2015 Trail Ridge Road in Rocky Mountain National Park

Problem is, we own a family place, so my reality is this:

weeds on patio

Weeding (yes, I put down weed barrier!), cutting brush for fire mitigation and ironically, planting other areas to restore a flood-damaged stream bank. On top of the usual chores for maintaining a log cabin, this year we’re scheduled to put water treatment on the porch.

log cabin siding

Still, I am in the mountains (!) and it’s been years since I was out the particular weeks the poppies bloom.

Poppy breaking out of its bud

I’m thrilled, especially because these poppies survived a recent flood and are ones my mom had planted along the creek in the 1960’s. (I’ll post blooms when they’re out!)

poppy buds

I have my hummingbird feeder up, and they found it in half a day.

hummingbird feeder

And between my chores and family visiting, I will be carving out time to write!



How will you spend your summer?

RavenCon follow-up late & I’ve disappeared


Perhaps writers ought to announce their pending disappearances when they are about to do it, but frankly, we get our heads so deep into the story problems that we rarely come up for air. Until guilt takes over.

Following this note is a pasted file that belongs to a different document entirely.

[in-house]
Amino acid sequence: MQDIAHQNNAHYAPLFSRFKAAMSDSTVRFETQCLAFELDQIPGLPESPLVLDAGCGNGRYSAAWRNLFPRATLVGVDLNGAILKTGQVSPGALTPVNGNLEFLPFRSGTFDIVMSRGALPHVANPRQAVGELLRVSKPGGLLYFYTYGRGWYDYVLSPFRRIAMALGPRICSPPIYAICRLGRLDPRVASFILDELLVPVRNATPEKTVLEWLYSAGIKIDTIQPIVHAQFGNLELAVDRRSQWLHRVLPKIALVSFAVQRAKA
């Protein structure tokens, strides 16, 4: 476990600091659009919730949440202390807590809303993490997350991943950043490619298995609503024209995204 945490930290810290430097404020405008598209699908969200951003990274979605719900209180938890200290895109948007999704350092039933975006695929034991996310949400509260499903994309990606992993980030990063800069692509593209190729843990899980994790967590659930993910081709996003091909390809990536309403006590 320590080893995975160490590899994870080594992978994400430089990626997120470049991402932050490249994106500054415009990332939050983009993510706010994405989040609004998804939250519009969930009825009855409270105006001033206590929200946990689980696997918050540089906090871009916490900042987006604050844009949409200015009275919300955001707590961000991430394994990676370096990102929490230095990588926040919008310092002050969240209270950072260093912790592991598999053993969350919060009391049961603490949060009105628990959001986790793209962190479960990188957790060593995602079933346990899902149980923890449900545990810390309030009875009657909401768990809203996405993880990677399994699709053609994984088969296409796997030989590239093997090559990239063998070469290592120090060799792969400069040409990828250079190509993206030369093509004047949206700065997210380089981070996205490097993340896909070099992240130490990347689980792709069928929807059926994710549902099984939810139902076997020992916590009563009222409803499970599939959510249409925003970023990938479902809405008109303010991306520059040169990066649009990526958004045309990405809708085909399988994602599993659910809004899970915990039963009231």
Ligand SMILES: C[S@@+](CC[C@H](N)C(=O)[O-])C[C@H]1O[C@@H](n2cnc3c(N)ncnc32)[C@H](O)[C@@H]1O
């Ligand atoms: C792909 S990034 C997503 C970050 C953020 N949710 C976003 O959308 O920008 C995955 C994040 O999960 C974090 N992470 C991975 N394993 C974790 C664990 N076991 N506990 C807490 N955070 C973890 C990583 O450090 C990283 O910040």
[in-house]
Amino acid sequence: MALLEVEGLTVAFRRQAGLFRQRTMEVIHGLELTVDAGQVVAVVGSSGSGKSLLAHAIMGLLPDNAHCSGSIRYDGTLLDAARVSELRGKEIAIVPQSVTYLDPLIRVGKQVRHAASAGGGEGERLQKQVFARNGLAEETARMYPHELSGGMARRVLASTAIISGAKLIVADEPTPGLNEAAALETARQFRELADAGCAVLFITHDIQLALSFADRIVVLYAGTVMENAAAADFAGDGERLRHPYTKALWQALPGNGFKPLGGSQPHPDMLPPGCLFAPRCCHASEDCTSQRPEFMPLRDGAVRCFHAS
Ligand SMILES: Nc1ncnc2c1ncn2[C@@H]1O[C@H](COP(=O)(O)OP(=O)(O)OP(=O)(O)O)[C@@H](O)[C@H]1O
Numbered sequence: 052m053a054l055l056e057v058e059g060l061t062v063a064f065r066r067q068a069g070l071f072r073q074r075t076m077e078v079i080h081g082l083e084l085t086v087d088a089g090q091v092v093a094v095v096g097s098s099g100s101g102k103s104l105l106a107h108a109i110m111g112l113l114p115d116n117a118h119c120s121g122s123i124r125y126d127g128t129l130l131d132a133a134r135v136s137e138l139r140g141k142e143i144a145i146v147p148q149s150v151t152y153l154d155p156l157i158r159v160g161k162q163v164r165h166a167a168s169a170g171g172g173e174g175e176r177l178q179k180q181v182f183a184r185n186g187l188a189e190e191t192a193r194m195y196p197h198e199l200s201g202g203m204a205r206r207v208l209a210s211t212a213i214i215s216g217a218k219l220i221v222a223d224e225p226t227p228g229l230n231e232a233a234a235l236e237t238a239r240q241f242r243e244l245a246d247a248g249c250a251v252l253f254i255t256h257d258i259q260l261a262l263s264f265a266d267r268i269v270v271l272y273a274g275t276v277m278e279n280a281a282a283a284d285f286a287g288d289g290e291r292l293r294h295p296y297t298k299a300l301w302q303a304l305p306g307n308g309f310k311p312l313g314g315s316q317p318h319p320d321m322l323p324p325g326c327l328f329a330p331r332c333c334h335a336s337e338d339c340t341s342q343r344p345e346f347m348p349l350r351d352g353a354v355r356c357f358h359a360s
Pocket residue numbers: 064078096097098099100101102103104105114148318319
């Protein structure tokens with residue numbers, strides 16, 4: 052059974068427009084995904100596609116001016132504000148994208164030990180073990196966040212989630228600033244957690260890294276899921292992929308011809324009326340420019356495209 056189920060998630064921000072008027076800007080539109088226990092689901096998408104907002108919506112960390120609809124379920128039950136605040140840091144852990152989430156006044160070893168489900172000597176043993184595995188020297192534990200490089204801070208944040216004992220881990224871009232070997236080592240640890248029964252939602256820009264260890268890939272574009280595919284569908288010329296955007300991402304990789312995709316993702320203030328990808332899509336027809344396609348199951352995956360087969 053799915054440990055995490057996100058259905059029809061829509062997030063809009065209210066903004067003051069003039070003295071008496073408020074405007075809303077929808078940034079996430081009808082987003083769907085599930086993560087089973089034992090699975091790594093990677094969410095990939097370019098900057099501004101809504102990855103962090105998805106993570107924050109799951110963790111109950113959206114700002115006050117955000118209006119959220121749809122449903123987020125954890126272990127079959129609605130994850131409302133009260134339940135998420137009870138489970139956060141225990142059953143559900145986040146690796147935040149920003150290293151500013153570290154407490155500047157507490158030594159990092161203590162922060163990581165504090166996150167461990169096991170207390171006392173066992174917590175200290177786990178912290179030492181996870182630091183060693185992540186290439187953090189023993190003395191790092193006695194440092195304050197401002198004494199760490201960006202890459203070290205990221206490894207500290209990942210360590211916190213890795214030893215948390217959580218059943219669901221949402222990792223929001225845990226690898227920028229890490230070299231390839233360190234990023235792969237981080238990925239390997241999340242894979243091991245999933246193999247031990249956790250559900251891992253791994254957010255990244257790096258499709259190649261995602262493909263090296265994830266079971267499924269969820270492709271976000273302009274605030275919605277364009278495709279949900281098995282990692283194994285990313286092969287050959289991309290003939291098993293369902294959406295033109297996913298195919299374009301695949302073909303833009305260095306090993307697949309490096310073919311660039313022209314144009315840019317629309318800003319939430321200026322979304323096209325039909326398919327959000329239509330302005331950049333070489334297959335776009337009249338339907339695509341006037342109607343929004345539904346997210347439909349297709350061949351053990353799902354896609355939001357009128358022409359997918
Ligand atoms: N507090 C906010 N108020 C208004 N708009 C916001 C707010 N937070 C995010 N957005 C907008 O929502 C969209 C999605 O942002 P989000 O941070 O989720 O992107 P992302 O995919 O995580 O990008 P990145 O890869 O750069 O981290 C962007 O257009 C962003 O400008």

Guilt has arrived.

I did go to RavenCon2016! I had a good time. Because I’m a newbie, my talk on Finding Space: Line-by-Line Editing Tips for Wordiness was scheduled for 9 am, thus attracting only a few participants. But they were very enthusiastic participants! And I completed a writing talk with power point. It’s posted on this website, found under the link above, or ‘Fun Extras’ on my link bar.

I didn’t take many photos at RavenCon2016, even forgot to get some of myself. Here are the few I did take:

Sharon Lee, RavenCon 2016

Sharon Lee, half of the Guest of Honor team of Sharon Lee and Steve Miller. (Yes, she had violet hair!)

steampunk costume at RavenCon2016

A steampunk costume I loved.

Steampunk face painting and hat

Complete with face painting of gears, and a little gear man pin she made.

Steampunk housekeeper's tools

And a housekeeper’s… something! I can’t recall the name. Embarrassing, but I had never heard of this. It’s a very cool assortment of little things, keys, scissors and such that a housekeeper needed to have on hand. Of course this is the steampunk version. If you know the name, give me a shout!


Little did I know RavenCon’s masquerade is not just a parade of costumes, but each entrant performs a little skit. These fine folks put on a skit revolving a wizard summoning the four elements of water, air, earth, and fire and dealing with their attitudes. I loved the costumes.

Wizard adn water at RavenCon2016

Wizard and water, air earth spirits at RavenCon2016

Wizard and water, air earth and fire spirits at RavenCon2016

And last of all the wizard summoned a spirit to bring them all into harmony–I think! I was laughing so hard I couldn’t hear.